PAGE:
The term “client” refers to the person or organization that owns and uses the web services to run the client's organization. A client may be any form of organization such as company, loosely formed organization, or an individual.
The following discussion is directed to various embodiments of the disclosure. Although one or more of these embodiments may be preferred, the embodiments disclosed should not be interpreted, or otherwise used, as limiting the scope of the disclosure, including the claims. In addition, one skilled in the art will understand that the following description has broad application, and the discussion of any embodiment is meant only to be exemplary of that embodiment, and not intended to intimate that the scope of the disclosure, including the claims, is limited to that embodiment.
Various embodiments described herein are related to “Web Services” and security improvements thereof for securing cloud and/or service-oriented architecture (SOA). The following provides an overview of web service concepts.
Web Service Concepts
Web services are typically application programming interfaces (API) or web APIs that can be accessed over a network, such as the Internet, and executed on a remote system hosting the requested services. In common usage the term refers to clients and servers that communicate over the Hypertext Transfer Protocol (HTTP) protocol used on the web. Such services tend to fall into one of two camps: SOAP and RESTful Web Services. SOAP based Web Services use Extensible Markup Language (XML) messages that follow the Simple Object Access Protocol (SOAP) standard and have been popular with traditional enterprise. In such systems, there is often a machine-readable description of the operations offered by the service written in the Web Services Description Language (WSDL). More recently, REpresentational State Transfer (REST) (RESTful web services are those conforming to the REST constraints) the REST web services have been regaining popularity, particularly with Internet companies. By using the PUT, GET and DELETE HTTP methods, alongside POST, these are often better integrated with HTTP and web browsers than SOAP-based services. They do not require XML messages or WSDL service-API definitions.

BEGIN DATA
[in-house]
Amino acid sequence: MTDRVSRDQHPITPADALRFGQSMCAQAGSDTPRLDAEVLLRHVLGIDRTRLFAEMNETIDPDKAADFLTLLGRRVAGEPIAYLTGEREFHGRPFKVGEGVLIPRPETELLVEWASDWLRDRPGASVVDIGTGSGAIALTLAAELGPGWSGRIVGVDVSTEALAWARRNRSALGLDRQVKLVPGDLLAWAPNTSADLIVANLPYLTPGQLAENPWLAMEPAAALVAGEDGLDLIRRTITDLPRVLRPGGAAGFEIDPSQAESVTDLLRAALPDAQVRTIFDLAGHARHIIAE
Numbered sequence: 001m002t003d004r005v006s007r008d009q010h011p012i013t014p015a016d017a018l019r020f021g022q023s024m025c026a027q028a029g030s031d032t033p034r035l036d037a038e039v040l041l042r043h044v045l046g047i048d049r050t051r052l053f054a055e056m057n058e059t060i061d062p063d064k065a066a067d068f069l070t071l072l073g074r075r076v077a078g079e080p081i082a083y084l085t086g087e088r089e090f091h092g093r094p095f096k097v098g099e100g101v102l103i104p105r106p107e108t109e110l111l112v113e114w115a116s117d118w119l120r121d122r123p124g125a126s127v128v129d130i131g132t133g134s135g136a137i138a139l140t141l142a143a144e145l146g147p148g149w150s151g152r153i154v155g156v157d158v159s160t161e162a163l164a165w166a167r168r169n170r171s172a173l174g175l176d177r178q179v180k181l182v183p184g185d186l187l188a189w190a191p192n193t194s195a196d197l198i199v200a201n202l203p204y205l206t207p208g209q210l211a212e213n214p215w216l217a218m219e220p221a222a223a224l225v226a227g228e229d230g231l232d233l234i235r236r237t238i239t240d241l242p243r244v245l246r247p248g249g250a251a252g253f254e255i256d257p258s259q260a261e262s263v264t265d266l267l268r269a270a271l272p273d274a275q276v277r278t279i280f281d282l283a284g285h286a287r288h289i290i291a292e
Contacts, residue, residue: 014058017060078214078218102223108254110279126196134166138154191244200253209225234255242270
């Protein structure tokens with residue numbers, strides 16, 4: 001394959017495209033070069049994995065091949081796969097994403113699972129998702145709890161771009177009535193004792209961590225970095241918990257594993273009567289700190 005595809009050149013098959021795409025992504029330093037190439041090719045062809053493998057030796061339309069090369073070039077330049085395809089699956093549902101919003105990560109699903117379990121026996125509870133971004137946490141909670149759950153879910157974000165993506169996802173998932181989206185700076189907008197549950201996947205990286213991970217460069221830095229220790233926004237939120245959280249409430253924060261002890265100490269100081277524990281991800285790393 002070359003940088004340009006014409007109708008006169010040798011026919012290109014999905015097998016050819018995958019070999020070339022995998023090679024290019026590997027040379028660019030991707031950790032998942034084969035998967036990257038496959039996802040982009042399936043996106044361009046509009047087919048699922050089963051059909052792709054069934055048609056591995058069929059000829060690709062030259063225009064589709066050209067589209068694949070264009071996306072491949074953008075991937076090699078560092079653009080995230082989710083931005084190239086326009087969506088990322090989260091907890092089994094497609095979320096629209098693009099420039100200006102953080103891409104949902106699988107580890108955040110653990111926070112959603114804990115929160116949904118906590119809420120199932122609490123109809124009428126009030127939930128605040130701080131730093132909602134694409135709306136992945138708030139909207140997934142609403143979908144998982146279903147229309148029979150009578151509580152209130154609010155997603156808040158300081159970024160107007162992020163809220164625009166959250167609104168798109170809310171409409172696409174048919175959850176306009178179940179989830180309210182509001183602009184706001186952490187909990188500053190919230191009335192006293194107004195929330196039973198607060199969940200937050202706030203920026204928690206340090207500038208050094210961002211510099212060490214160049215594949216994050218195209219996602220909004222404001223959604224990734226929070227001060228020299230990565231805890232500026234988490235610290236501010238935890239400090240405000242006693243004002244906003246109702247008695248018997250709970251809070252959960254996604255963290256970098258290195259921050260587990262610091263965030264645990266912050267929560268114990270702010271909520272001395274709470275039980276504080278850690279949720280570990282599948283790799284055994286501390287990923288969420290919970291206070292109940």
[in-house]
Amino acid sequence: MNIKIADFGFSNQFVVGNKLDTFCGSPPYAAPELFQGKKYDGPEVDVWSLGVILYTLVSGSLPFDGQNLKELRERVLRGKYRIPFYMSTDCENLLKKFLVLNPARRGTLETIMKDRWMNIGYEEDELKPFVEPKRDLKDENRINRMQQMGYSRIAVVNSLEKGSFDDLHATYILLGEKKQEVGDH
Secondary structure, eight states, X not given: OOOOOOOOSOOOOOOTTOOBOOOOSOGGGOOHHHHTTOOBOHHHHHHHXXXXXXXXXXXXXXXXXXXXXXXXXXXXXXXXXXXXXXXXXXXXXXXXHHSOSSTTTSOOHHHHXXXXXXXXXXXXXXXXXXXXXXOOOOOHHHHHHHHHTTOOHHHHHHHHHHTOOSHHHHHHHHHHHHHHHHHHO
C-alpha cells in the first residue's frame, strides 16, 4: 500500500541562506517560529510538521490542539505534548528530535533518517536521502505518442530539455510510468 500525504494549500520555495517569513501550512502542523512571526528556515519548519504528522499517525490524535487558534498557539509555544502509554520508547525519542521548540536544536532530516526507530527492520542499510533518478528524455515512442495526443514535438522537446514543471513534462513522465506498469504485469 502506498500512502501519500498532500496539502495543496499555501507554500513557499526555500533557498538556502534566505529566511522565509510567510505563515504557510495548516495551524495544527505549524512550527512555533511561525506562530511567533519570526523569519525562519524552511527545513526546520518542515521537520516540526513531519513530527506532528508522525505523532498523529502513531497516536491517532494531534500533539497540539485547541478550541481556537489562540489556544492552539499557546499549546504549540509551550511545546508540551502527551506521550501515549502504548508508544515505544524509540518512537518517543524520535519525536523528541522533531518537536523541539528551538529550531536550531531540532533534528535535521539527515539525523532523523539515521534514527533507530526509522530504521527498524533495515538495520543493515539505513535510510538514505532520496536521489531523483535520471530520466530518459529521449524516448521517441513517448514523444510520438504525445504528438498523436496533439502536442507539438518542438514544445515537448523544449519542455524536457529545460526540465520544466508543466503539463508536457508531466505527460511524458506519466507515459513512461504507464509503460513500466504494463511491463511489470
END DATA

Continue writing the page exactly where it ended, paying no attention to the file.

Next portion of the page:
Each web service further implements a public interface described in Web Services Description Language (“WSDL”). The interface is an XML-based service description on how to communicate using the given web service.
Web service information is published using a standard protocol referred to as Universal Description, Discovery Integration (“UDDI”). The UDDI enables applications to automatically discover, and/or look up web services information in order to determine whether to access and invoke them, analogous to the manner in which a Yellow Pages phone book enables users to discover business services and how to access them. The UDDI registry indicates, for each service on the network, 1) the identity of the service, the Uniform Resource Locator (“URL”) of the service, and what the service does.
Discussion of Alternatives in Web Services Environment Security.
In various alternatives, security components are implemented using Secure Sockets Layer (“SSL”), Public Key Infrastructure (“PKI”), and firewalls for electronic commerce systems operating over Hyper Text Transfer Protocol (“HTTP”). SSL is a technology that allows the systems that host client web services and servicing web services to communicate over a secure connection. SSL addresses authentication in that the serving host system presents the client host system with a set of credentials in the form of a server certificate, which is used to verify that the server is what it claims to be. SSL also addresses confidentiality in that the SSL link is encrypted so that third parties cannot decipher the data as it passes between the client and serving services on a network. Finally, SSL addresses integrity of data—SSL guarantees that the passed data is not modified.